Background:

STEM K-8 staff spent the last two months of the school year examining the school uniform policy. Students, staff and families were surveyed (results are displayed below).  STEM K-8’s uniform policy was discussed by the Building Leadership Team, at staff meetings, and PTA meetings. A summary of key issues:

  • Staff, students, and families raised concerns about uniform policy implications for youth wrestling with equity, body image, identity, gender, race, culture, self-expression, and sometimes sensory needs. Examples include:
    • communication with challenging students focused on uniform compliance rather than connection;
    • time spent addressing uniforms detracting from instruction or building relationships;
    • uniforms represent “uniformity” and dominant cultural values regarding “professional” or “acceptable;”
    • students with different body types finding STEM uniforms uncomfortable physically and emotionally;
    • girls feeling uniform enforcement represents gender bias;
    • uniform enforcement disproportionately affecting struggling students;
    • a wide variety of challenges lead to inconsistent enforcement;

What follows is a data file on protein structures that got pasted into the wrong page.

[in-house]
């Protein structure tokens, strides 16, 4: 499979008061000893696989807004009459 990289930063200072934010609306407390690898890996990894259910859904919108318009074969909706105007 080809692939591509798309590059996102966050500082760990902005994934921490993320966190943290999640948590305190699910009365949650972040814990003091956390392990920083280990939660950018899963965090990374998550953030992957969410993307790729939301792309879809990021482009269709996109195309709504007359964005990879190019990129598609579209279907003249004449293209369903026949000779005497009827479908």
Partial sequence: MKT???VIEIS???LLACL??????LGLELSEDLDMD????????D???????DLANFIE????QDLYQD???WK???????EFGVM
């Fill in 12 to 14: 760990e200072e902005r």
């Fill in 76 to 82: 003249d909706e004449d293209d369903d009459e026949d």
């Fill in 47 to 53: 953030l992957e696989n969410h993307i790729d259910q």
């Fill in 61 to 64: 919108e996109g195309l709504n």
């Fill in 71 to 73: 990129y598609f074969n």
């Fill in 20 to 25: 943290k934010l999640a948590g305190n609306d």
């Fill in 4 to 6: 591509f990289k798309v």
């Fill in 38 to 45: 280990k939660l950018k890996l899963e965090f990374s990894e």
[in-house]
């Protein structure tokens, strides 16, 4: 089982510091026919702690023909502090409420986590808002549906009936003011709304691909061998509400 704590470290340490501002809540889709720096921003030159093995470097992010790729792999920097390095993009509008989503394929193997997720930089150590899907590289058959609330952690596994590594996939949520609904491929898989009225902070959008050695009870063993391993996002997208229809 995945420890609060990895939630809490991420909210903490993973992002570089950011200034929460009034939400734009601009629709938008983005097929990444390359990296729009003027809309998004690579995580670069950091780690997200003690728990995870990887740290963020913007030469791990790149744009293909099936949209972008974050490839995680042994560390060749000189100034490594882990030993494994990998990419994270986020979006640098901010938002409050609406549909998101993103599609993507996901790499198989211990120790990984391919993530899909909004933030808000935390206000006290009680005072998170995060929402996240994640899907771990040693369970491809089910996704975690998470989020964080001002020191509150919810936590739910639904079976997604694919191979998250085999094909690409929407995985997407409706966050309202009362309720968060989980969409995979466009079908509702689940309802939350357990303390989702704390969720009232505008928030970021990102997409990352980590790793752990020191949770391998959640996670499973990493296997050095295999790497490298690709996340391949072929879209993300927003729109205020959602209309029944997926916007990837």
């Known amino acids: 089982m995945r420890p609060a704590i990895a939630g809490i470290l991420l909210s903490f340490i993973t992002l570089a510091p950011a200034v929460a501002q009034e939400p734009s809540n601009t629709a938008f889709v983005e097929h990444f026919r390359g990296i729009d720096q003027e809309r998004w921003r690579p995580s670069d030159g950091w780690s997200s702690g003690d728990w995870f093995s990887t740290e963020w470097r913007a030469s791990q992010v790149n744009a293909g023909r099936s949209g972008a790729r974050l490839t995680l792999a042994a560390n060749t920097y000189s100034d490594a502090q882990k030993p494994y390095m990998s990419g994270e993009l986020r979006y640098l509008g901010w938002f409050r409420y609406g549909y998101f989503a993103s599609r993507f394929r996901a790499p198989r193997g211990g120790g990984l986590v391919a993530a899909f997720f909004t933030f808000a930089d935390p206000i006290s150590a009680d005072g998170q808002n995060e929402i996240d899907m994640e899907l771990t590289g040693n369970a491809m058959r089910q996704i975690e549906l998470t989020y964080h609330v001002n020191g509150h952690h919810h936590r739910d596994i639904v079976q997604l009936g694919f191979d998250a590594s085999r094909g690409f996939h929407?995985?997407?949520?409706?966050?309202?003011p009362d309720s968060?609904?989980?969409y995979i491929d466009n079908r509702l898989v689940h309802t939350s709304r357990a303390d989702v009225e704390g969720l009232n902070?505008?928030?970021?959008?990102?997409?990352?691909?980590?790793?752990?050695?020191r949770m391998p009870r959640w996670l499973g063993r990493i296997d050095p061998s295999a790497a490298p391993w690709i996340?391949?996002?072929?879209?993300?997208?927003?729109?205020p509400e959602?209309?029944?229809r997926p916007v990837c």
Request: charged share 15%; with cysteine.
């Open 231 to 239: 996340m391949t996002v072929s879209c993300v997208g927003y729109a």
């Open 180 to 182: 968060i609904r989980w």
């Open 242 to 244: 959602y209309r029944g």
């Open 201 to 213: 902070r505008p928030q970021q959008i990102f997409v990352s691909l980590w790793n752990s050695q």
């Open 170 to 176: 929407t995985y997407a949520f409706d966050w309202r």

• the benefits associated with the STEM’s adoption of uniforms–supporting an academic learning environment, equity, shared identity, and safety—are less clear in middle school grades; and more.
  • The school board has been addressing broader dress code policy issues.  A school board action report on 6/24/19 connected to the proposed new SPS Dress Code stated, “School dress codes have a long history in our society and are often over-reaching and biased against the female gender. With this policy, it was the hope to eliminate unnecessary notions regarding such things as clothing length and subjective views of appropriate school attire.”
  • STEM K-8’s uniform surveys asked multiple questions about our uniform policy.  In the end the basic question was whether STEM K-8 should change our uniform policy.

Questionnaire results:

Question: STEM K-8  should continue to require uniforms.

Strongly Agree Agree Neutral Disagree Strongly

Disagree